All venues are always fully accessible, and any other arrangements can be made, as long as you give the LI as much notice as you can.
Can I take my exam remotely (through skype etc)?
Remote exams are much harder than face-to-face exams, both for the candidate and the examiners, and we don’t recommend using skype unless there is absolutely no way you can make it to the exam location.
Remote exams are only permitted for people retaking their exam, unless in exceptional circumstances. Please speak to the LI as soon as possible if you would like to discuss taking your exam remotely.
Do I have to carry on with my development logs?
Yes! Examiners will look at all your development packs, but will particularly focus on the most recent two quarters to get an idea of your current levels of knowledge and understanding, and your current projects. You must submit a full development pack in the quarter before your exam i.e. in quarter 3 (30 September) for November exams and in quarter 1 (31 March); otherwise you will not be allowed to take your exam.
Your mentor is strongly encouraged to submit a final mentor review for you in these quarters. However, this is not mandatory, and if your mentor is unable to submit their review this will not disadvantage you in your exam.
Your development packs are not the same as your revision notes, and shouldn’t be used as such. The examiners want to see clearly and concisely what you have learnt and your reflections on that. Anything that you have mentioned in any of your development logs is fair game for the examiners, and you may be asked on it. Your development packs and CV are the only impressions of you the examiners have to go on, and frame questions on.
Who are my examiners?
Examiners are fully trained CMLI or FLI volunteers. They go through an application process, and must monitor exams prior to being examiners themselves.
You won’t know who your examiners are until you walk into the exam room, and they will have raised any conflicts of interest they have with candidates. If you do recognise one of the examiners and aren’t comfortable with them examining you, you must let the examiners know at this point. Your exam will then be deferred until the next available exam session, which will probably be six months later in the May/November.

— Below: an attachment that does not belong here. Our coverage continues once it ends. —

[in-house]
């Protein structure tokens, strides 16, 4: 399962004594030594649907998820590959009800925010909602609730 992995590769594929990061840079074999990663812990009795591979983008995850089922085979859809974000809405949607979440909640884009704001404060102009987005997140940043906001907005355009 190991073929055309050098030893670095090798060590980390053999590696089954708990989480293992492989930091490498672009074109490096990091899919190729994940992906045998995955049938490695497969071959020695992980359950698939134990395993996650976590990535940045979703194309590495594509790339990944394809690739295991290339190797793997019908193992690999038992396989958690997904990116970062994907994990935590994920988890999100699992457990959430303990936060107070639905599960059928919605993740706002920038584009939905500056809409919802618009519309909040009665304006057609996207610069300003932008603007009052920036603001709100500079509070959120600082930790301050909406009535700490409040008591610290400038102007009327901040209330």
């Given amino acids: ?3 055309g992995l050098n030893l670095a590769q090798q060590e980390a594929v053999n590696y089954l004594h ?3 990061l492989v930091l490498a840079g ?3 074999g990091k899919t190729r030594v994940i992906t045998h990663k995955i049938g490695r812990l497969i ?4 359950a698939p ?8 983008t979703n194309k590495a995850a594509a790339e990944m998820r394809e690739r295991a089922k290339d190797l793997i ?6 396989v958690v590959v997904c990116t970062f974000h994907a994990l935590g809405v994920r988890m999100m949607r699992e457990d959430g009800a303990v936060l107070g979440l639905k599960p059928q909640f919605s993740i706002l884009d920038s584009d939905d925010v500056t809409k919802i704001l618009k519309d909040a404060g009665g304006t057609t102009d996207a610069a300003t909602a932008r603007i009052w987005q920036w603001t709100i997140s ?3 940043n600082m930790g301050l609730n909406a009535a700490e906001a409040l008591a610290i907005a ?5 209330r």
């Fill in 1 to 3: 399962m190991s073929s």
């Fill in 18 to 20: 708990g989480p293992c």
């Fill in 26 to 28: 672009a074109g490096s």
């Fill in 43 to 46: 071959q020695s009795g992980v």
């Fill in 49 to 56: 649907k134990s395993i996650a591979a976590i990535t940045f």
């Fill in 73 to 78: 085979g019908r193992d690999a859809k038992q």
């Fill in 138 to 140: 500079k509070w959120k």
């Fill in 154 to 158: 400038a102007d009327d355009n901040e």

What should I wear?
There is no dress code, and we want you to feel comfortable in your exam. Your Chartership exam is a test of your professionalism, so as a rule of thumb, wear what you would to an important client meeting.
What happens on the day?
Please arrive at least 15 mins before your published exam slot. A member of LI staff will be at the venue to greet you, and sign you in. You must bring photographic ID (e.g. passport, driving license) with you.
When your examiners are ready for you, one of the examiners will collect you from the waiting area, and escort you to the exam room. The examiners will introduce themselves, and the monitor if present, and explain the format of the exam.
There will be water, pen and paper in the room for your use. You can take as many notes as you like during the exam, but these must remain in the exam room when you leave.
As the exam draws to a close the examiners will ask if there is anything else you’d like to mention, and also remind you of the date the results are released. Once the exam is over you are free to leave!
When do I get my result?
The results are released two weeks after the end of the last exam session. For the November 2017 exams the results are released on Friday 1 December.
After each exam session the LI collates all the examiners’ responses. We want to ensure that feedback for those people who fail is as robust and useful as possible. It is therefore checked by both examiners, the LI and the chief examiners. The chief examiners also prepare general feedback on trends (available on the Chartership resources page) at the exam sessions, to help future candidates. The LI also needs to update all the membership systems, and prepare the Chartership exam certificates.